What happens when you quit smoking?
Quitting smoking has both short and long-term health benefits. Saying good bye to your nicotine habit restores the full function and vitality of your body. Over time, you can also significantly reduce your risk for diseases related to the smoking, specifically the inflammatory process in blood vessel walls that is responsible for many blockages which can cause heart attacks and strokes.
The first health benefits of quitting can occur as soon as 20 minutes after your last cigarette. Your blood pressure and pulse are back to normal again, and after 24 hours of not smoking the last traces of carbon monoxide leave your body and lungs, letting you to begin the process of clearing mucus and the rest of smoking debris.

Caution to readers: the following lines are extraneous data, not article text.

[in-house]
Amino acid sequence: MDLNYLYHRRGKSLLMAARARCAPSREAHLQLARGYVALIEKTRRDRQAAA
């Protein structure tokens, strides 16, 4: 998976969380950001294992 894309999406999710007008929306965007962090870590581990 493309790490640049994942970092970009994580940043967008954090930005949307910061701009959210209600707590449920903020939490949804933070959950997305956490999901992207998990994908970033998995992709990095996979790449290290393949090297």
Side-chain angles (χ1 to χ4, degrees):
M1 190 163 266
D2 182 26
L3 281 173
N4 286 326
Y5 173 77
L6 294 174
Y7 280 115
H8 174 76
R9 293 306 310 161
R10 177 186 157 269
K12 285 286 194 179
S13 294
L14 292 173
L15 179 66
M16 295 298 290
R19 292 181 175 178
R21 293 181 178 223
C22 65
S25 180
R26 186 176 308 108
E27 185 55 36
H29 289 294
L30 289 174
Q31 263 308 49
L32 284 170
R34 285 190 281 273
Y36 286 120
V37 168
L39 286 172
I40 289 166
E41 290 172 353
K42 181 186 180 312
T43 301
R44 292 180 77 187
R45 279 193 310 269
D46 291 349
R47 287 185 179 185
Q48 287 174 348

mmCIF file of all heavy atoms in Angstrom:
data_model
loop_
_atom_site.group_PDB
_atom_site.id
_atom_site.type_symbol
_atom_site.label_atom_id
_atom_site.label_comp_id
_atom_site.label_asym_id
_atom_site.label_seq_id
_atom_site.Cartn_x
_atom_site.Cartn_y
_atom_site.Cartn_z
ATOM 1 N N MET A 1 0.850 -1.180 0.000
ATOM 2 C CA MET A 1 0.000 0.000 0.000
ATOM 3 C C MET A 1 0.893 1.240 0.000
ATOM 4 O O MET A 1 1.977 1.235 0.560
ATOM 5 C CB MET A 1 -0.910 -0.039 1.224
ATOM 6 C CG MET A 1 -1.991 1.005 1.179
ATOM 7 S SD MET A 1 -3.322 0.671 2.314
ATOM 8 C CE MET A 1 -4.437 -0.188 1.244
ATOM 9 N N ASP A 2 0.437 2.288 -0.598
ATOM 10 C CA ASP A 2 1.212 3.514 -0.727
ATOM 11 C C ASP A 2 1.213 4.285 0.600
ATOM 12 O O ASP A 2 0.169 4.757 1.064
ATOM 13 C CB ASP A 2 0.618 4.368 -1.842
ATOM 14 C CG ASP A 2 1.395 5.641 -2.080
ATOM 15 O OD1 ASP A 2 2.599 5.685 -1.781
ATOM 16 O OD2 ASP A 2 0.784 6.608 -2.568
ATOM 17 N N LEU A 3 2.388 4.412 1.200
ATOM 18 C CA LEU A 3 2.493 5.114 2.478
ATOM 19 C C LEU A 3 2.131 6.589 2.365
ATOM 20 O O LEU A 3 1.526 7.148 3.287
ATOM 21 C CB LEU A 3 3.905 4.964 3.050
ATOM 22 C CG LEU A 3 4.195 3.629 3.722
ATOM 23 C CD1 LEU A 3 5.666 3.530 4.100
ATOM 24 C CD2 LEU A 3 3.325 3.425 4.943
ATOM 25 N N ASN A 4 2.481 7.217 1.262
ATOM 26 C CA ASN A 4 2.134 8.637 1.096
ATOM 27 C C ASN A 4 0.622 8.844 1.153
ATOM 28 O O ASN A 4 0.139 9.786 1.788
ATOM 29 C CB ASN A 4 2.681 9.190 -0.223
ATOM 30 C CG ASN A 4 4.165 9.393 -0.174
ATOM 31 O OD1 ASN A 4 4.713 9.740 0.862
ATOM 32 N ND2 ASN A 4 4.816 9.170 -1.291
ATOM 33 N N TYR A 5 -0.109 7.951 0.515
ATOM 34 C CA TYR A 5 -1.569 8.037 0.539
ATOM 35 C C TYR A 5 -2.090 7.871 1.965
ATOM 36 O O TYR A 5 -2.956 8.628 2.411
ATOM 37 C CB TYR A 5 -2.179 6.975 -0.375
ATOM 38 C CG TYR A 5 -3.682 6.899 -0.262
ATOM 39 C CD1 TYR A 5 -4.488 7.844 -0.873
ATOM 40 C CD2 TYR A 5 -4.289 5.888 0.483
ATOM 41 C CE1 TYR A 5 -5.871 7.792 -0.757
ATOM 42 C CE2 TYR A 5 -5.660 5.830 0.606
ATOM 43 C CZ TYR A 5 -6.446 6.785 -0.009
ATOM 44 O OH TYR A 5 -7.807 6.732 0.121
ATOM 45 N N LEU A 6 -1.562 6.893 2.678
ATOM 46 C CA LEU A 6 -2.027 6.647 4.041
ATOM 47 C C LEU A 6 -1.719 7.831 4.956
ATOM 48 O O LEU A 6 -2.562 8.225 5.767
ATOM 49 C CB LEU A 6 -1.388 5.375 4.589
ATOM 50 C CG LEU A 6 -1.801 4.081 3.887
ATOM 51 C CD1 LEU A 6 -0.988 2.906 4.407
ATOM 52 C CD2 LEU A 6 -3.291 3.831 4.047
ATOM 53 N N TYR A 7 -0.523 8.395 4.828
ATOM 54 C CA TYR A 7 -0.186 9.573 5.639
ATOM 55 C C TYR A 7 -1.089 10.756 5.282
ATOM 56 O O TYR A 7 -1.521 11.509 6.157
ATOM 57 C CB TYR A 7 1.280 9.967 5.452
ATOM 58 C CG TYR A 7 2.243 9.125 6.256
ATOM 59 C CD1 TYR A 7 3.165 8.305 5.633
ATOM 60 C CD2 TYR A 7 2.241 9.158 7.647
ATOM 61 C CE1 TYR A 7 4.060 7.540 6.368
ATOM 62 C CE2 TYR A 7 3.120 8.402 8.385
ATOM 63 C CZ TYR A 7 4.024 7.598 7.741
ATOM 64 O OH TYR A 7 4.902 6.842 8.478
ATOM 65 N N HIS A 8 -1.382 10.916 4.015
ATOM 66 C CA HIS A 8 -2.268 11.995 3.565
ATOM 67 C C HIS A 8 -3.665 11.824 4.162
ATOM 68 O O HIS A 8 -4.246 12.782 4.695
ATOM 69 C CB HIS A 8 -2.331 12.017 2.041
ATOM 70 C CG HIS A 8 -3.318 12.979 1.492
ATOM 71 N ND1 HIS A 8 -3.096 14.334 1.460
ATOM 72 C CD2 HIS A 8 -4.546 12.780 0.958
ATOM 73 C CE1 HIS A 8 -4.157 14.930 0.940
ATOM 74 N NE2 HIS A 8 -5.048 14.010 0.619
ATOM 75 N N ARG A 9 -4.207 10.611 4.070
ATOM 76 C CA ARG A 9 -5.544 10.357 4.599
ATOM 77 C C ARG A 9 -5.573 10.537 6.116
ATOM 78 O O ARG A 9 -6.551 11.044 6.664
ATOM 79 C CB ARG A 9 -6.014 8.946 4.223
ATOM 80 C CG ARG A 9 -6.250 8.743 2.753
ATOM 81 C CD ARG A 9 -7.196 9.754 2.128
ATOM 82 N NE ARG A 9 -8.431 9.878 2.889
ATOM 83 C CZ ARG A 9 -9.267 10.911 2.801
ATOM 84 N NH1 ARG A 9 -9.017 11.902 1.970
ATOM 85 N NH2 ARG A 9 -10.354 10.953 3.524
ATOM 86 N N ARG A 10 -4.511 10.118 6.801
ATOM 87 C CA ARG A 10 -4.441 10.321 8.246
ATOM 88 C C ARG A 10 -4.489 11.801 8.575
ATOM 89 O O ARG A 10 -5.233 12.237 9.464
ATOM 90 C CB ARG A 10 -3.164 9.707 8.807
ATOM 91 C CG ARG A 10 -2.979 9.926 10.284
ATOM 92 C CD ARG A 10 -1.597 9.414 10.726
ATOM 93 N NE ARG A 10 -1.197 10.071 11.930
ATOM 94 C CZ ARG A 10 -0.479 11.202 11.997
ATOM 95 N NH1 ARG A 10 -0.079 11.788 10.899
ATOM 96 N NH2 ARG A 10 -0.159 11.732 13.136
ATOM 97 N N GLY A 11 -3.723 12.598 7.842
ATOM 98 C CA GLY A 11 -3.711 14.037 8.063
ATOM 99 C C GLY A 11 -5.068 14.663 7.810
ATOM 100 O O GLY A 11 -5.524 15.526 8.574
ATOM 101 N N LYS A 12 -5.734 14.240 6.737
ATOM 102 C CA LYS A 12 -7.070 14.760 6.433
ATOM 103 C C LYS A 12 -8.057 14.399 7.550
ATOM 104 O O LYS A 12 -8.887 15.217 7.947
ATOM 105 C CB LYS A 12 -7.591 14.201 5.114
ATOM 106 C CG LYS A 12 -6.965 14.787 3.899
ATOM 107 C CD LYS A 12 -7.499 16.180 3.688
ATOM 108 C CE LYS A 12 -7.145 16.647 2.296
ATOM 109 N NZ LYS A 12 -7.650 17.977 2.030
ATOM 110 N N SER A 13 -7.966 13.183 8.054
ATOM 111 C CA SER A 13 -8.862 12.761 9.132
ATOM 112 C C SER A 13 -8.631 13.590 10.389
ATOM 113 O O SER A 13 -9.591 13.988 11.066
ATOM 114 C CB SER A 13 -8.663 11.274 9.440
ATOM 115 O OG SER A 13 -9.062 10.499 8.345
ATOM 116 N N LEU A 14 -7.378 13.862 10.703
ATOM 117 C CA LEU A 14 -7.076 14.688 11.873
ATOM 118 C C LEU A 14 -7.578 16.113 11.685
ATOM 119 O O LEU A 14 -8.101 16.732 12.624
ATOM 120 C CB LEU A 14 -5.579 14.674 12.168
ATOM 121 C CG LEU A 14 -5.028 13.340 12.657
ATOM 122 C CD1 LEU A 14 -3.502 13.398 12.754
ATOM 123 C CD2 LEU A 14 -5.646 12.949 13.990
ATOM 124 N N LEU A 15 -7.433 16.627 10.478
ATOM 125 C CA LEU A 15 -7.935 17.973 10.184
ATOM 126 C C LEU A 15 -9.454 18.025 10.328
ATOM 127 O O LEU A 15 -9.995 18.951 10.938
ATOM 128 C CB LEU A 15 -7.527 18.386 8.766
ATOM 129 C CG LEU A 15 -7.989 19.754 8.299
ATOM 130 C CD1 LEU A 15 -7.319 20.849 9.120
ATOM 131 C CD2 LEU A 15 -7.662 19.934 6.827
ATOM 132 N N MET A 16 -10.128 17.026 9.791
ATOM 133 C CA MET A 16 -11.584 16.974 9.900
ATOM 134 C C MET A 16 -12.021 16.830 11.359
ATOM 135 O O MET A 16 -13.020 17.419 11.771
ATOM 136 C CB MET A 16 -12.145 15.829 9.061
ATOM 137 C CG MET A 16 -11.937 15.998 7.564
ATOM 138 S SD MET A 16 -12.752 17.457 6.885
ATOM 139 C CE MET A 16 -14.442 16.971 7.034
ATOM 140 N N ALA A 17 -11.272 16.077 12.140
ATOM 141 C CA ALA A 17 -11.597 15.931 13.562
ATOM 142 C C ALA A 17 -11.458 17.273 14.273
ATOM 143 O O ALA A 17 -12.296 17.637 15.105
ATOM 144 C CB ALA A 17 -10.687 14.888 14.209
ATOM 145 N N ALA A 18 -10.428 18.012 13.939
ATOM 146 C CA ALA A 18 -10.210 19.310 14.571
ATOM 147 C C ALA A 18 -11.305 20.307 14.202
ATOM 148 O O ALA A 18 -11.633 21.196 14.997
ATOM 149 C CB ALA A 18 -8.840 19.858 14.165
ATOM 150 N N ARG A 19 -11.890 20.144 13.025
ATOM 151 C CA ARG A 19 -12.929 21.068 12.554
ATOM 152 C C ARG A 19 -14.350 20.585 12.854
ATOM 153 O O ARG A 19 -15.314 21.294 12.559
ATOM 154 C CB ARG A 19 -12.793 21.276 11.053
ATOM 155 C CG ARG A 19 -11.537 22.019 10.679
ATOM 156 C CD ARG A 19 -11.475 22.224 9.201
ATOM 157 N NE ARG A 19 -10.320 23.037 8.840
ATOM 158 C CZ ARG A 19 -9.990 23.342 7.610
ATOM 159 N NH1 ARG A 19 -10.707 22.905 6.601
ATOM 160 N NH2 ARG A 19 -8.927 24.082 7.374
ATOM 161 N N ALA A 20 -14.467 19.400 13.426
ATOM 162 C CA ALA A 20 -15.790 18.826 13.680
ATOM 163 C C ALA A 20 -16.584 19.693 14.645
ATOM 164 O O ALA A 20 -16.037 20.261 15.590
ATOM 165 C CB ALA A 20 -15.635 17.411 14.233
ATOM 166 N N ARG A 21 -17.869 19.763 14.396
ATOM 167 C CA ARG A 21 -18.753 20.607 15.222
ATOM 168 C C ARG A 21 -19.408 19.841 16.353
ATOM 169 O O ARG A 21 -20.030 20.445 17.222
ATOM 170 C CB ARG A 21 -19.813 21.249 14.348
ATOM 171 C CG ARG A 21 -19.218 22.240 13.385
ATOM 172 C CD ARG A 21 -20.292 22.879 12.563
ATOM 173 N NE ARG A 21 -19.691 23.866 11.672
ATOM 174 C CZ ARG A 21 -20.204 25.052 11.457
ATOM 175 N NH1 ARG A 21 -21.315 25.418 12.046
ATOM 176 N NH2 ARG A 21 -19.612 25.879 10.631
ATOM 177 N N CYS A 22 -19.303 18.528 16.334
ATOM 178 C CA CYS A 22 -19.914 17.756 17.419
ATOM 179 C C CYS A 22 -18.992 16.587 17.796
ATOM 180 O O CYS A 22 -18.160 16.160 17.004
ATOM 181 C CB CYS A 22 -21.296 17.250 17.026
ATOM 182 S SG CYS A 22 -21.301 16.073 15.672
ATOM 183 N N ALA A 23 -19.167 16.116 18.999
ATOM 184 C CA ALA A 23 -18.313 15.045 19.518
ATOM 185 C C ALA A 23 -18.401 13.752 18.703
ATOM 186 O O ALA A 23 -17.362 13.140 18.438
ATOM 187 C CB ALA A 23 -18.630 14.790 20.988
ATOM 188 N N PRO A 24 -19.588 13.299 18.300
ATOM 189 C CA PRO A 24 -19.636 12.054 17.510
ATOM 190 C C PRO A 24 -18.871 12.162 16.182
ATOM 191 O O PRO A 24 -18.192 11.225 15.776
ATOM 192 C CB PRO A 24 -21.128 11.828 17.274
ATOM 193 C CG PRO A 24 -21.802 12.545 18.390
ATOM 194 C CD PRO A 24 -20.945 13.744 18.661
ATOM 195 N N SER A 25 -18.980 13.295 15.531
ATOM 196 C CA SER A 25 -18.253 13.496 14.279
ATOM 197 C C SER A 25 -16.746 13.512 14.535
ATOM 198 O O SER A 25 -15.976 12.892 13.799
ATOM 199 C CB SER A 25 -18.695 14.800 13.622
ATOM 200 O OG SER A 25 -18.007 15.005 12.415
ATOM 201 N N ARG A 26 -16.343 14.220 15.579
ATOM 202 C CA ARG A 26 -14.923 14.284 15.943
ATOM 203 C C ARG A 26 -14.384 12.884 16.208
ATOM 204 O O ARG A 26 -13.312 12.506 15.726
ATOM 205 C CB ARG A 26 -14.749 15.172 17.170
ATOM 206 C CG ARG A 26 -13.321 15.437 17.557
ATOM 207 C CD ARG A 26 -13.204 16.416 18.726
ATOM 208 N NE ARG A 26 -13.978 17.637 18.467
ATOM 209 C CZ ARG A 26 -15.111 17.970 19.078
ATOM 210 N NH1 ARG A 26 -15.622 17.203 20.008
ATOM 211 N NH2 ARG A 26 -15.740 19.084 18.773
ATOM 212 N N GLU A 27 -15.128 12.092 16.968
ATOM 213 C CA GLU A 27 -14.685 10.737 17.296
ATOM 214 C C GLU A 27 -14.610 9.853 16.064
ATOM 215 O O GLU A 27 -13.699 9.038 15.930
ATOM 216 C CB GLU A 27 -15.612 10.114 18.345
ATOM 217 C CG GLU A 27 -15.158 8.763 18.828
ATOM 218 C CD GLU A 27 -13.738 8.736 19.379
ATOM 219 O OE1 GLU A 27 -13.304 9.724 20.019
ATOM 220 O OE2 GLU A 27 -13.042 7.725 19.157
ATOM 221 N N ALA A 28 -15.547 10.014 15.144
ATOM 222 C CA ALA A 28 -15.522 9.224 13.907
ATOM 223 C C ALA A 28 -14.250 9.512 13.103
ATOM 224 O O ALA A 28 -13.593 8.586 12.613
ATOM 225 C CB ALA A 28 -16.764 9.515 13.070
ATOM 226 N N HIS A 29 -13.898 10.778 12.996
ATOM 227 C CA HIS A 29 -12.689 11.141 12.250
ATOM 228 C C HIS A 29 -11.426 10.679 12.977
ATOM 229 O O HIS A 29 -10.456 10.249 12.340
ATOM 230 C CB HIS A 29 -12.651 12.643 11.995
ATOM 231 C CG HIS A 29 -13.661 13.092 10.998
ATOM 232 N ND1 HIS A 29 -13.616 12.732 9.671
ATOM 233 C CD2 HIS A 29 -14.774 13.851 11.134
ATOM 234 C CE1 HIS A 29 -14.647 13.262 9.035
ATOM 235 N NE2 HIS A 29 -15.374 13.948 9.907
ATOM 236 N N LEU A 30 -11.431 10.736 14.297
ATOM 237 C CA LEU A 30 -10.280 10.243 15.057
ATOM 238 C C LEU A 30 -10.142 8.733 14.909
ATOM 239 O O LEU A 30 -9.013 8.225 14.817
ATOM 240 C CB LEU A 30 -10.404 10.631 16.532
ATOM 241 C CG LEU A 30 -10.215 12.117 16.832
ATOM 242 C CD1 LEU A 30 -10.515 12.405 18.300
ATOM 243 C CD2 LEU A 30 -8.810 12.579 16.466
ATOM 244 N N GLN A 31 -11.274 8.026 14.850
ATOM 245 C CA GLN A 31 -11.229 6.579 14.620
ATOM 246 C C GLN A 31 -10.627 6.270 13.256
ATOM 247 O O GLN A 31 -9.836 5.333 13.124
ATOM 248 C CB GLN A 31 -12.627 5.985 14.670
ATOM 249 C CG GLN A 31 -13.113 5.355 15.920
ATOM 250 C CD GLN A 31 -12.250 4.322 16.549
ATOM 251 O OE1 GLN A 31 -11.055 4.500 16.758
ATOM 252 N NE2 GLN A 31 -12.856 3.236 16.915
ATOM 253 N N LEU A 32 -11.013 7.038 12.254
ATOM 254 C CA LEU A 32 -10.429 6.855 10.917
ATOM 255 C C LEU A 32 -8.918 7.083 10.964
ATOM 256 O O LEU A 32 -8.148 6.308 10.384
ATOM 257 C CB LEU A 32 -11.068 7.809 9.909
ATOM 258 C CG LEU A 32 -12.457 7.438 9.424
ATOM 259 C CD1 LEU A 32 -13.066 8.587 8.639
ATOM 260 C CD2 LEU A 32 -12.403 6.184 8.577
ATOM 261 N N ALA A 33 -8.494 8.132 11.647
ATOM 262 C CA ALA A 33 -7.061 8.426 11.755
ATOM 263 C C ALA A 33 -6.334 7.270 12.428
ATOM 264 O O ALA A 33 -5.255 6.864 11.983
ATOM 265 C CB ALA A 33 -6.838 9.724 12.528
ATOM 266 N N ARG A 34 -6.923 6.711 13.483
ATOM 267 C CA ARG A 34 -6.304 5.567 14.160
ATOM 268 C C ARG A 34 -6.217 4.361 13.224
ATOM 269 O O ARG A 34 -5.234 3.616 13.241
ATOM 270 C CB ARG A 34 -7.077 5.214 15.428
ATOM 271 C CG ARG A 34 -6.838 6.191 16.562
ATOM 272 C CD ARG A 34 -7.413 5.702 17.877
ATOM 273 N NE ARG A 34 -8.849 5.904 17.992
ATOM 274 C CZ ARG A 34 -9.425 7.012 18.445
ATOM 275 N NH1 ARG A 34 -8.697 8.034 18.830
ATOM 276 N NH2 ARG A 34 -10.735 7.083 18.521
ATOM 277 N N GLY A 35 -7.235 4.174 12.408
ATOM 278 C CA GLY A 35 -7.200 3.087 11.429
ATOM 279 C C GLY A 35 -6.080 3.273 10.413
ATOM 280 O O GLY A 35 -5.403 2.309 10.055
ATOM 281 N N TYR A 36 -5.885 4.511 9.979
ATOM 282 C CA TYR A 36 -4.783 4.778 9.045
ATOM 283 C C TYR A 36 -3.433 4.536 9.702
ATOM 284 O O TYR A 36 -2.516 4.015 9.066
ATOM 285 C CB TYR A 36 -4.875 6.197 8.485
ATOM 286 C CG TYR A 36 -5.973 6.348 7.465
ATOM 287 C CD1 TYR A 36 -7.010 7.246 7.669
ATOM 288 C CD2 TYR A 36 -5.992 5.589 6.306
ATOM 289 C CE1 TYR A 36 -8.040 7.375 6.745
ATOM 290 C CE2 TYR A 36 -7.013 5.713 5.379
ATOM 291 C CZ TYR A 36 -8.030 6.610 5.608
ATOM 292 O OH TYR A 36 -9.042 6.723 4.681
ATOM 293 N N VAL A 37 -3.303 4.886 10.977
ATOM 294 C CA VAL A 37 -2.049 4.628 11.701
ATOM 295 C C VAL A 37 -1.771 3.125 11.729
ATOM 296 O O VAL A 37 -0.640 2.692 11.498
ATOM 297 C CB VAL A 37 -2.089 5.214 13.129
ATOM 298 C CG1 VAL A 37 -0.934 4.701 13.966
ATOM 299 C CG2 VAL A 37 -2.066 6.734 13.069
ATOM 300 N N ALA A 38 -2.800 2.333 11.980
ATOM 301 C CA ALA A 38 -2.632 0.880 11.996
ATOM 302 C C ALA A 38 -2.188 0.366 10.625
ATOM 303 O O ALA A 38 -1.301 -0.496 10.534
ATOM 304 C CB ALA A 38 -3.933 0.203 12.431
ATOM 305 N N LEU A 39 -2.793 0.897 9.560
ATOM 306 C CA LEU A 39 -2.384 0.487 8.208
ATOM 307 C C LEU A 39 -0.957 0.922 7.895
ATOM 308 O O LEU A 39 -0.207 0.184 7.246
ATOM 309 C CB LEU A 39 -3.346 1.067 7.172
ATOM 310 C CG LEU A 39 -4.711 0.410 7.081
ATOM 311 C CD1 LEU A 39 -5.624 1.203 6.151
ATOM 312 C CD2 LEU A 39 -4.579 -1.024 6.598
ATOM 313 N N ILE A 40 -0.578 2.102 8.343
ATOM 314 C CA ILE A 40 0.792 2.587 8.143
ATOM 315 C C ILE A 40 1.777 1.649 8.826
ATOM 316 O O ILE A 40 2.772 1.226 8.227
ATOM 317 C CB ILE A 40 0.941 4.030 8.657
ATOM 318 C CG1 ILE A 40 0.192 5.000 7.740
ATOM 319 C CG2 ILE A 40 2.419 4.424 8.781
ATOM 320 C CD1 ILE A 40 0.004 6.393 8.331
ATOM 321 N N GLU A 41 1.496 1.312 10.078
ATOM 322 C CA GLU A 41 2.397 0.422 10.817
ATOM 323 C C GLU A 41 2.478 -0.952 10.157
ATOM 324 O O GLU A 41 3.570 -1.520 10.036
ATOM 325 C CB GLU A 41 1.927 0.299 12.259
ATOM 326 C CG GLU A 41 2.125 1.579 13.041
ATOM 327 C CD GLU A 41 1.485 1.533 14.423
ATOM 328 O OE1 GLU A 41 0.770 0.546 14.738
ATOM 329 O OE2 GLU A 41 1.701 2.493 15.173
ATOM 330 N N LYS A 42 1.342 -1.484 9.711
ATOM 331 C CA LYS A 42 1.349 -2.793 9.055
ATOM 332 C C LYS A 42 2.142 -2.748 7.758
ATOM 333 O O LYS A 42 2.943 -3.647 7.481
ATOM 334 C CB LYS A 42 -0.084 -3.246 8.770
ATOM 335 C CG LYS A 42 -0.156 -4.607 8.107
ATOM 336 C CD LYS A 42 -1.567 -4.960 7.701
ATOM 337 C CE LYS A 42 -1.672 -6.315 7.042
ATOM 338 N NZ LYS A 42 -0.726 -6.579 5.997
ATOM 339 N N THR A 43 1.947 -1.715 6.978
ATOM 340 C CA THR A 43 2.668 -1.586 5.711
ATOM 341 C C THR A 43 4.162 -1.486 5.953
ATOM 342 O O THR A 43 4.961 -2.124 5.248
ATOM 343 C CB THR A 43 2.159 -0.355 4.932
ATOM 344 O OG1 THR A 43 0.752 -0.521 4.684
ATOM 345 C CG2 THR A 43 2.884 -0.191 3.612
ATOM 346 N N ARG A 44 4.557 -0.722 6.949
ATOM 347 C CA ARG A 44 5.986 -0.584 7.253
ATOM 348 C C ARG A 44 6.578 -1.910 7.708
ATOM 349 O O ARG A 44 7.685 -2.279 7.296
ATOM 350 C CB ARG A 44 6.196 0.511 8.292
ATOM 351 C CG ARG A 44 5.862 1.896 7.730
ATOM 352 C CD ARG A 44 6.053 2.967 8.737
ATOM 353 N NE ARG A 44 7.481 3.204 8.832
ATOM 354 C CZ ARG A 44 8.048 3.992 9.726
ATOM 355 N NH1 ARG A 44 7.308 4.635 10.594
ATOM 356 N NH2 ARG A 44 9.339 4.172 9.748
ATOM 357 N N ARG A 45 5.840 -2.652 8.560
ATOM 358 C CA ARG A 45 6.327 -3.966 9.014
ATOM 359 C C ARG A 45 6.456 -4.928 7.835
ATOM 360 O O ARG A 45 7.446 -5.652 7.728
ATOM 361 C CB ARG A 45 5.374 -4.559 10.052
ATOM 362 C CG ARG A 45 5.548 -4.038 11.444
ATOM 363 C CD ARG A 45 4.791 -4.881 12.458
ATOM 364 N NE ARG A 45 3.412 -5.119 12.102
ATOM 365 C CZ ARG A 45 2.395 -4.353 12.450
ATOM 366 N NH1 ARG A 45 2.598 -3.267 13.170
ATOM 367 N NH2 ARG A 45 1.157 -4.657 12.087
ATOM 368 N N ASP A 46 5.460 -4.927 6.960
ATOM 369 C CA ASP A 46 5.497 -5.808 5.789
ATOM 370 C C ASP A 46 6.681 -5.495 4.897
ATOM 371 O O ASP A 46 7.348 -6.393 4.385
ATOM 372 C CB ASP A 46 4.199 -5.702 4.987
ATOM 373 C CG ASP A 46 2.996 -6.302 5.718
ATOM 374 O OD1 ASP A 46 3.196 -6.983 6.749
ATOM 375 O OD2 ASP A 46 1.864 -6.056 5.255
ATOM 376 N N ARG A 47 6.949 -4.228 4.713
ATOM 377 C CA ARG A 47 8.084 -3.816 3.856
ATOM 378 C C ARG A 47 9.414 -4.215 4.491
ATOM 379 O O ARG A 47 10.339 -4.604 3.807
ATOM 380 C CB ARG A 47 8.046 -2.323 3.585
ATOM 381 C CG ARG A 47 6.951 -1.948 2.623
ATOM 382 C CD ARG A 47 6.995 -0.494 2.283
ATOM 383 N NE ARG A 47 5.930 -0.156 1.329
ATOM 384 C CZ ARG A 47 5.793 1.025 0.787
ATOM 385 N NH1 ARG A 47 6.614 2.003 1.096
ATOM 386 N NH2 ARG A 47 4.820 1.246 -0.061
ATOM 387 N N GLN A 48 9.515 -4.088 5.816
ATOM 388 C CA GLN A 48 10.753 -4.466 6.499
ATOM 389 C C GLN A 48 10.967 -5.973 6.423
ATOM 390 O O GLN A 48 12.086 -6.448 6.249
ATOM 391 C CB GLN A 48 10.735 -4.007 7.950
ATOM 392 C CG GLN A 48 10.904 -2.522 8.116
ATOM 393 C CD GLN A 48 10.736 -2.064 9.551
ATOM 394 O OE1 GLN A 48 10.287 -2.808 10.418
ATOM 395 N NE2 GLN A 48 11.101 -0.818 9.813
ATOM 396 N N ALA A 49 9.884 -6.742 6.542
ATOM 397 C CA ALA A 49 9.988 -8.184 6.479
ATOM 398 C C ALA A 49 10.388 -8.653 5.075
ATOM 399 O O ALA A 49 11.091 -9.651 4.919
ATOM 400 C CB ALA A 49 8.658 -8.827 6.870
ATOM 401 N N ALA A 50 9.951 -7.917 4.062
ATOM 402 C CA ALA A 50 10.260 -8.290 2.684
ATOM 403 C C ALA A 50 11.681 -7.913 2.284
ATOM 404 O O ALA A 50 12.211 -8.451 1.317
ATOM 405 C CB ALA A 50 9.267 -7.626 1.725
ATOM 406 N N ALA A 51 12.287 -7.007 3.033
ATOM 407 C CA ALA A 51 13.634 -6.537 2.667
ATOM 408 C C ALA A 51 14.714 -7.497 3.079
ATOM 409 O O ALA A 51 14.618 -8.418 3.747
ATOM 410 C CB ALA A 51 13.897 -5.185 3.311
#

These are the other healthy changes that happen in your body over the next year when you stop smoking:
48 hours – The nicotine is completely left your system. There’s improvement in your ability to taste and smell.
72 hours – You breathe more easily. The strain on your bronchial tubes is lifted up and they begin to relax. Your energy levels increases.
2 – 12 weeks – Your circulation improves.
3 – 9 months – Your respiratory problems start to gradually disappear. You spend less time coughing, wheezing, and breathing heavily. Your lungs are functioning better by up to 10%.
1 year – Your risk of a heart attack lowers by up to 50%, compared to your former self.
Even if you are a veteran smoker who has spent 30 or more years smoking will get those benefits after quitting once and for all. No matter how long you have smoked, reducing the exposure to inhaled tobacco has significant heart health benefits. However, taking in consideration what’s been said above, it’s always better to do it as early in your life as possible.